Thankfully we are finally seeing an improvement in the weather, but for many this will unfortunately signal a return of hay fever symptoms.
Hay fever is not a pleasant condition and can be a frustrating condition to suffer from. However, I would like to use my latest column to take the opportunity to point you in the direction of pharmacists rather than GPs to treat hay fever.
A pharmacist can offer advice and suggest the best treatments, like antihistamine drops, tablets or nasal sprays to help with itchy eyes, sneezing and a runny nose.
Hay fever unfortunately affects around one in four people in the UK, but there are a number of steps you can take to reduce symptoms. This includes not mowing your lawn when the pollen count is high, avoiding outside activity when the air is warming up and cooling down and opening bedroom windows at night, but closing them in the morning.
Hay fever is not the only condition which I would urge you to visit a pharmacy as the first port of call. For aches and pains, can you buy what you need? Prescribing readily available drugs such as paracetamol costs the NHS millions every year.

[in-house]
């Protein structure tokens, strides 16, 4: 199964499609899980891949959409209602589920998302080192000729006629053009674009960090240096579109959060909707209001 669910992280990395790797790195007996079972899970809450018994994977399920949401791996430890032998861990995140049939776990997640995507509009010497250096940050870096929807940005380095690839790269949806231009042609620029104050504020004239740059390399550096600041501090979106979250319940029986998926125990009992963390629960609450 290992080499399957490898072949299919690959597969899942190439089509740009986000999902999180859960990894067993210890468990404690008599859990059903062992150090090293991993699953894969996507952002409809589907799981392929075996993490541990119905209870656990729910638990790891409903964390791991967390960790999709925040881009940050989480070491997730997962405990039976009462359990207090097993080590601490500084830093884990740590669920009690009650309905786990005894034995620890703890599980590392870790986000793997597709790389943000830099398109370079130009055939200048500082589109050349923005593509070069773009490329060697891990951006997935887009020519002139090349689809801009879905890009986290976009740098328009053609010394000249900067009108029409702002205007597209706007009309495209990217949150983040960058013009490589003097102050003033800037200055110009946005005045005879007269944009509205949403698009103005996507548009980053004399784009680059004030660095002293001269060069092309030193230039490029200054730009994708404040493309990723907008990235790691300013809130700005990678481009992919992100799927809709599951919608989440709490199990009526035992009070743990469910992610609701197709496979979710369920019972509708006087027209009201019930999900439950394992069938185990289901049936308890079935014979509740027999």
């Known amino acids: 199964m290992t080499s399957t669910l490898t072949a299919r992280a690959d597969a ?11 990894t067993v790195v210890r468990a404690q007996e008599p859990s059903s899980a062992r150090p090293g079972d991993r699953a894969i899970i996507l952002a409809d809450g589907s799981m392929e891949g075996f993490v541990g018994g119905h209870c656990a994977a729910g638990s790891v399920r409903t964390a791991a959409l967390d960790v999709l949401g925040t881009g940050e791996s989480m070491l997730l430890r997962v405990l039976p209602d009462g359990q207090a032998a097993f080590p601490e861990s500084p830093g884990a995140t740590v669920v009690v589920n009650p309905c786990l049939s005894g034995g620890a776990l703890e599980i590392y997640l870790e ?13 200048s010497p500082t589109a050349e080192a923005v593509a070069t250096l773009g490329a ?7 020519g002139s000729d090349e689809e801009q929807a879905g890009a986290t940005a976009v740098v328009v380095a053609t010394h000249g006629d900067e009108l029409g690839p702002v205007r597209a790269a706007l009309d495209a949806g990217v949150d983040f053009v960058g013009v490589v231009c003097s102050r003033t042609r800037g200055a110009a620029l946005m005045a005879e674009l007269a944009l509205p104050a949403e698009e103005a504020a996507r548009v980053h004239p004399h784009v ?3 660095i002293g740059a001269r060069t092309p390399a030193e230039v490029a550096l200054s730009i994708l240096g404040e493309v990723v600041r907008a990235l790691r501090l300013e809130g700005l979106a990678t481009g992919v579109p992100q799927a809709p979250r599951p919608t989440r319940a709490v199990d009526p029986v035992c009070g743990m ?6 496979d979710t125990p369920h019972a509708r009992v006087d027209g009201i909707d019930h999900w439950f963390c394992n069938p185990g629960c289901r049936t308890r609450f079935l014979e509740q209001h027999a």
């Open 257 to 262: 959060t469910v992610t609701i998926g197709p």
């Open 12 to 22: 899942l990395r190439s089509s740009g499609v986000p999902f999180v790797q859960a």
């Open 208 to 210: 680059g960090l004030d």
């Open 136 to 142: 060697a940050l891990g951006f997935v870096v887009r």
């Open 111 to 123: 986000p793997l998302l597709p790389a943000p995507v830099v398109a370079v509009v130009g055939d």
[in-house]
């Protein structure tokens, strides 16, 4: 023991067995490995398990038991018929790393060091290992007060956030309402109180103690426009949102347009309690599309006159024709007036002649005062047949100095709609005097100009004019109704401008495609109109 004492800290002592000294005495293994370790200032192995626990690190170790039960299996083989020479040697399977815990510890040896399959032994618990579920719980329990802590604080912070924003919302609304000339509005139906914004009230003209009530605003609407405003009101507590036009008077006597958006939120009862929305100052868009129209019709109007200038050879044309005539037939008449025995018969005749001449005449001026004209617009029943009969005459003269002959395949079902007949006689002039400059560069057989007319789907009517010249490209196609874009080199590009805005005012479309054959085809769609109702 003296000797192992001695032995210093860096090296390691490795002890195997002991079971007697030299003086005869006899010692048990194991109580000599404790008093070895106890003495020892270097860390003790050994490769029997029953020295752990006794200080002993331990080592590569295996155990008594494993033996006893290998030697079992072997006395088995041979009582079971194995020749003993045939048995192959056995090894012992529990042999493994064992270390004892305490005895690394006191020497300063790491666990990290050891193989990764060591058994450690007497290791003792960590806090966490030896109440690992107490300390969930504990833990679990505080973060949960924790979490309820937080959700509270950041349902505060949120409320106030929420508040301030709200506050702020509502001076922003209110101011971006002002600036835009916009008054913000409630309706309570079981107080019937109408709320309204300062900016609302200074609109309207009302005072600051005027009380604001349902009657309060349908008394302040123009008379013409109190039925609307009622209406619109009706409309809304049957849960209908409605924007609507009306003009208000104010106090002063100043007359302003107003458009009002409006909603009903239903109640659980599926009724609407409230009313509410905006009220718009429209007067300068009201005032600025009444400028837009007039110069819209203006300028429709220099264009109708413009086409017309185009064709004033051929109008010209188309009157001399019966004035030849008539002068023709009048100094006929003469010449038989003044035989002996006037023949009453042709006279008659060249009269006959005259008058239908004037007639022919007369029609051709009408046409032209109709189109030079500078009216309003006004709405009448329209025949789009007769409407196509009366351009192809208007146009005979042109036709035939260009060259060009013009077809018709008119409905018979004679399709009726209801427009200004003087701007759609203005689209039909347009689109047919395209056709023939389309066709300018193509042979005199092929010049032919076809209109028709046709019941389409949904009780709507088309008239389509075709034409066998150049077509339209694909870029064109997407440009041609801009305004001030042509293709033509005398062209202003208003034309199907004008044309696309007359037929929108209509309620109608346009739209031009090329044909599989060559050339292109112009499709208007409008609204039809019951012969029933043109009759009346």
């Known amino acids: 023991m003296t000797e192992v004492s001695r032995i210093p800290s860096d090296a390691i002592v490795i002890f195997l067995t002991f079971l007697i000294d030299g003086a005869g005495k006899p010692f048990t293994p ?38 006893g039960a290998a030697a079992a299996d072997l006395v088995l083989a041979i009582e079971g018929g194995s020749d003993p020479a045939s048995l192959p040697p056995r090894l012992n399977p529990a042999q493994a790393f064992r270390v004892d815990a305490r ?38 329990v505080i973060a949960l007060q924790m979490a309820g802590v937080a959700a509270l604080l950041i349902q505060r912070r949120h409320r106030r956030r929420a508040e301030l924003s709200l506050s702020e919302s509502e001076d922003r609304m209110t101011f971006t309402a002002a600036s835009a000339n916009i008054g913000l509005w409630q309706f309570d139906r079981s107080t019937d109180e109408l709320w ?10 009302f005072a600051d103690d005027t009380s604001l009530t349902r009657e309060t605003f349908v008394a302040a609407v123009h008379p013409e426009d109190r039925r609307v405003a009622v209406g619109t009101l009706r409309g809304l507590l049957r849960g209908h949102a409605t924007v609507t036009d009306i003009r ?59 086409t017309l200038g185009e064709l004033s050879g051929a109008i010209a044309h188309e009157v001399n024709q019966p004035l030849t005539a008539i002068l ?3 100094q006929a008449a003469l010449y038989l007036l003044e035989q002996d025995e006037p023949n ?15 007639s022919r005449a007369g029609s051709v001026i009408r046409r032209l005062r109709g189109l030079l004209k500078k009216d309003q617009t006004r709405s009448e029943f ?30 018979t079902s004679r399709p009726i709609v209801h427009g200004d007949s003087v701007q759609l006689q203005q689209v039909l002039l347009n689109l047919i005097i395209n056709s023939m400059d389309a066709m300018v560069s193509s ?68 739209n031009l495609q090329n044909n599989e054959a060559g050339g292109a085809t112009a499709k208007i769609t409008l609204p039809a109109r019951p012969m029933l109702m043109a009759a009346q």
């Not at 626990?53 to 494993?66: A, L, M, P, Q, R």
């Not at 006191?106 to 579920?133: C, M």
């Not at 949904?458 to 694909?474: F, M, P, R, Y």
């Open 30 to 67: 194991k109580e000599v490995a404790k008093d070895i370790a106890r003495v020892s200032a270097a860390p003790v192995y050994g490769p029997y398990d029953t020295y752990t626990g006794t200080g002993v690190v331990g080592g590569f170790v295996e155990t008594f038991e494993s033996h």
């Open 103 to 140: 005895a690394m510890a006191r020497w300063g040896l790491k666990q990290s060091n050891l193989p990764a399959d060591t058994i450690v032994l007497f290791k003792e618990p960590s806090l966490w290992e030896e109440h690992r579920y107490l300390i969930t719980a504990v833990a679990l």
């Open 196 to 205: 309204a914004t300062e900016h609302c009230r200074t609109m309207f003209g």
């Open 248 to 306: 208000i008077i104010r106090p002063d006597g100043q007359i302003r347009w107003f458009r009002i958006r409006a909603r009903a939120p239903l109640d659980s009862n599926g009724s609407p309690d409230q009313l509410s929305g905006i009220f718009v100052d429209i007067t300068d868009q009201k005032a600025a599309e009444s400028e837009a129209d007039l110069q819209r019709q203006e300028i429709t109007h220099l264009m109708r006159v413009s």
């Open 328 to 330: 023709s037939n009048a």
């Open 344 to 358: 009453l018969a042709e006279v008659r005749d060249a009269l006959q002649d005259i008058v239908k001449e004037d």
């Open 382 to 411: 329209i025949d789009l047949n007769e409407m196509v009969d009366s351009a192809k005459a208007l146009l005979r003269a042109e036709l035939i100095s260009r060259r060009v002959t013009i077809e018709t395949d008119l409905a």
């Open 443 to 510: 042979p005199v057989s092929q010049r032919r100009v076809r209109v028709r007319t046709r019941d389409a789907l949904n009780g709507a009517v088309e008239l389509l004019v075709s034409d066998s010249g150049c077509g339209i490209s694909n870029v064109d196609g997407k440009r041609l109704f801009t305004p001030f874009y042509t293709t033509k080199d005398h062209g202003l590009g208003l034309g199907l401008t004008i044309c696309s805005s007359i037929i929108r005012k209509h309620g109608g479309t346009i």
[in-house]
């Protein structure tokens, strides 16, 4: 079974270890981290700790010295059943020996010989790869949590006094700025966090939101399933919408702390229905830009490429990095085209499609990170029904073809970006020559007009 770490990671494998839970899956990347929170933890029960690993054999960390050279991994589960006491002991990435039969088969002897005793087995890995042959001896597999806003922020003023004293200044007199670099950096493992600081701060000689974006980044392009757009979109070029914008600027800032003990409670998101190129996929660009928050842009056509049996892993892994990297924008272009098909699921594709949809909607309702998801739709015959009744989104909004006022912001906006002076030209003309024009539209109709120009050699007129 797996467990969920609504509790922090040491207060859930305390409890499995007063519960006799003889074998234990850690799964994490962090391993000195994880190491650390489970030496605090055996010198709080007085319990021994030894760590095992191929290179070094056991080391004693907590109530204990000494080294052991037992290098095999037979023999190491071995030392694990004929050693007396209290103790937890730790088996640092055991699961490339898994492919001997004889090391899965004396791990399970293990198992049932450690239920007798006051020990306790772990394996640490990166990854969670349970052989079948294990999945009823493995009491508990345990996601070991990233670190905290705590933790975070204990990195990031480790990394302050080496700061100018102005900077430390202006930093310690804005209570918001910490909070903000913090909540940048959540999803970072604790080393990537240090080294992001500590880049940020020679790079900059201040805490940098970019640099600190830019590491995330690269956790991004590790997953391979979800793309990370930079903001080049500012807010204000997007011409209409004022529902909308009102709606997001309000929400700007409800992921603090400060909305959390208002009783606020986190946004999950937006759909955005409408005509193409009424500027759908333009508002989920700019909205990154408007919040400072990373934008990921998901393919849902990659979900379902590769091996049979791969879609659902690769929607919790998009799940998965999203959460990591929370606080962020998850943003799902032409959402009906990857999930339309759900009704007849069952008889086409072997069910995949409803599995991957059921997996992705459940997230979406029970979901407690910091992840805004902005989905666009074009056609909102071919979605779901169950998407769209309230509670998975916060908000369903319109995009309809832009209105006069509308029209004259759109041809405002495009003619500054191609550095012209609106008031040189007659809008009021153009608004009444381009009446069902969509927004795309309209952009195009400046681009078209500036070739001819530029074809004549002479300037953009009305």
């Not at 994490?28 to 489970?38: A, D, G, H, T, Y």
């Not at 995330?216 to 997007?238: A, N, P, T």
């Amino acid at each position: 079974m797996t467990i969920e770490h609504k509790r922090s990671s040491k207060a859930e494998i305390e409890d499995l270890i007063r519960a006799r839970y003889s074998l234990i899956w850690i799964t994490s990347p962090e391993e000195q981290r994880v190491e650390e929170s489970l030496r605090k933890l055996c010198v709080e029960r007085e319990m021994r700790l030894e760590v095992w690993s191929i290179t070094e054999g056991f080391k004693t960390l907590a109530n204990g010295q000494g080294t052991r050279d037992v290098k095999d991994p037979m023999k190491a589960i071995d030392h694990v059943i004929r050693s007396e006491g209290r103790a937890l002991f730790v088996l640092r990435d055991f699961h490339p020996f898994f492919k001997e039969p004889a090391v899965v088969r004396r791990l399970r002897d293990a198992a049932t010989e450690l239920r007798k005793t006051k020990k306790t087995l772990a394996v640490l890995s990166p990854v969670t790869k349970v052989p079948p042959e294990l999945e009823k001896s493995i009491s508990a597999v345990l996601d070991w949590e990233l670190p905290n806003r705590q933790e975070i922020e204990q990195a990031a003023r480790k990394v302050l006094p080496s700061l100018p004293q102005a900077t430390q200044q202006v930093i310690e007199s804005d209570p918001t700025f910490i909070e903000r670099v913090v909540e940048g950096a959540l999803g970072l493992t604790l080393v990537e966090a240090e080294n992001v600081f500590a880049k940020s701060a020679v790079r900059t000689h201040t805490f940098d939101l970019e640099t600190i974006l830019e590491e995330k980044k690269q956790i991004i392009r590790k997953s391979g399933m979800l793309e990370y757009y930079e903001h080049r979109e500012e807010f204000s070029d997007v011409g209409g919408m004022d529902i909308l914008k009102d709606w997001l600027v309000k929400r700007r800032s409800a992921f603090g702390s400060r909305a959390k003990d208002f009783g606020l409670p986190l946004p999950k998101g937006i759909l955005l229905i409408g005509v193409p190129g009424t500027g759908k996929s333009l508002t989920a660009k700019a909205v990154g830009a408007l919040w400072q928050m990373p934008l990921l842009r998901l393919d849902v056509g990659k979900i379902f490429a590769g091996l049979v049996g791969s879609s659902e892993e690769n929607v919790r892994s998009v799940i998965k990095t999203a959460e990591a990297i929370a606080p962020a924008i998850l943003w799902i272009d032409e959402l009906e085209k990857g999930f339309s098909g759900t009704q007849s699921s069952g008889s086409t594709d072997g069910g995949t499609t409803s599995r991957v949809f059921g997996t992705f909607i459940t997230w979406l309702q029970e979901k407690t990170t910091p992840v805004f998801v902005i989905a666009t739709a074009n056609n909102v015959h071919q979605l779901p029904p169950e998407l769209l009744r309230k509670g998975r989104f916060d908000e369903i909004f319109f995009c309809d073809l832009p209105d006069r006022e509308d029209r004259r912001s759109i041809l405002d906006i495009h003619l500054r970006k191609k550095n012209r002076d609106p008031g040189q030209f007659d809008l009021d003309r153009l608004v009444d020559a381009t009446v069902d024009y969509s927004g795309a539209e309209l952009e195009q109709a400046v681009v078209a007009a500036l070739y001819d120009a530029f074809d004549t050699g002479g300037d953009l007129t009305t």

Incredibly, if you stacked all of the paracetamol prescribed annually in the North East and Cumbria, it would be equivalent to 11,895 Big Bens!
I would urge you to visit your pharmacy first if you are struggling with any aches and pains. It will save you time and also will help the NHS save a remarkable amount of resources. If you take care of the little things, your NHS can keep care of you.
Most pharmacies also now offer a private consultation room, so there is no need to feel embarrassed about visiting to talk about sensitive issues.
If you’re heading on holiday, can you buy your medication you need? I would recommend bringing antiseptic, painkillers, sterile dressings, plasters and sunburn treatment if you’re heading somewhere sunny!
Pharmacies can also provide a range of advice to make sure you’re prepared for common illnesses before you set off on holiday. Remember to make sure you have repeat prescriptions in advance if you regularly take certain medication.
I really hope this column helps people understand what an important role we can all play to help save the NHS a huge amount of money. It could be worth £850 million if we all followed these guidelines.